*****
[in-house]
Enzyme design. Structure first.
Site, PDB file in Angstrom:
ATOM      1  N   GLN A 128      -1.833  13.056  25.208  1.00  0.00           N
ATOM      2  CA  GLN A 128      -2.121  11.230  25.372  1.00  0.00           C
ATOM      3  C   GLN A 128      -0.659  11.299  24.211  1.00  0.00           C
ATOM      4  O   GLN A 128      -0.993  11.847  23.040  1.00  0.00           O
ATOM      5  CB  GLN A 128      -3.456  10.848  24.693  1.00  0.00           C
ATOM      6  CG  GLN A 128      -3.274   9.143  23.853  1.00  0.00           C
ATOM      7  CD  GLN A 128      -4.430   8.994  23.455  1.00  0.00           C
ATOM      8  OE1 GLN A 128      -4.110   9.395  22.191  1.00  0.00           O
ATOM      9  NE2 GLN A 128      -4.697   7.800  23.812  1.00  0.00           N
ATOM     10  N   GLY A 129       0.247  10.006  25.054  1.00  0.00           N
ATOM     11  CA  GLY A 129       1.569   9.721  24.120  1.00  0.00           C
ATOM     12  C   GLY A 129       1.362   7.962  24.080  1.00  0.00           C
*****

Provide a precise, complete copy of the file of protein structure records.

[in-house]
Enzyme design. Structure first.
Site, PDB file in Angstrom:
ATOM      1  N   GLN A 128      -1.833  13.056  25.208  1.00  0.00           N
ATOM      2  CA  GLN A 128      -2.121  11.230  25.372  1.00  0.00           C
ATOM      3  C   GLN A 128      -0.659  11.299  24.211  1.00  0.00           C
ATOM      4  O   GLN A 128      -0.993  11.847  23.040  1.00  0.00           O
ATOM      5  CB  GLN A 128      -3.456  10.848  24.693  1.00  0.00           C
ATOM      6  CG  GLN A 128      -3.274   9.143  23.853  1.00  0.00           C
ATOM      7  CD  GLN A 128      -4.430   8.994  23.455  1.00  0.00           C
ATOM      8  OE1 GLN A 128      -4.110   9.395  22.191  1.00  0.00           O
ATOM      9  NE2 GLN A 128      -4.697   7.800  23.812  1.00  0.00           N
ATOM     10  N   GLY A 129       0.247  10.006  25.054  1.00  0.00           N
ATOM     11  CA  GLY A 129       1.569   9.721  24.120  1.00  0.00           C
ATOM     12  C   GLY A 129       1.362   7.962  24.080  1.00  0.00           C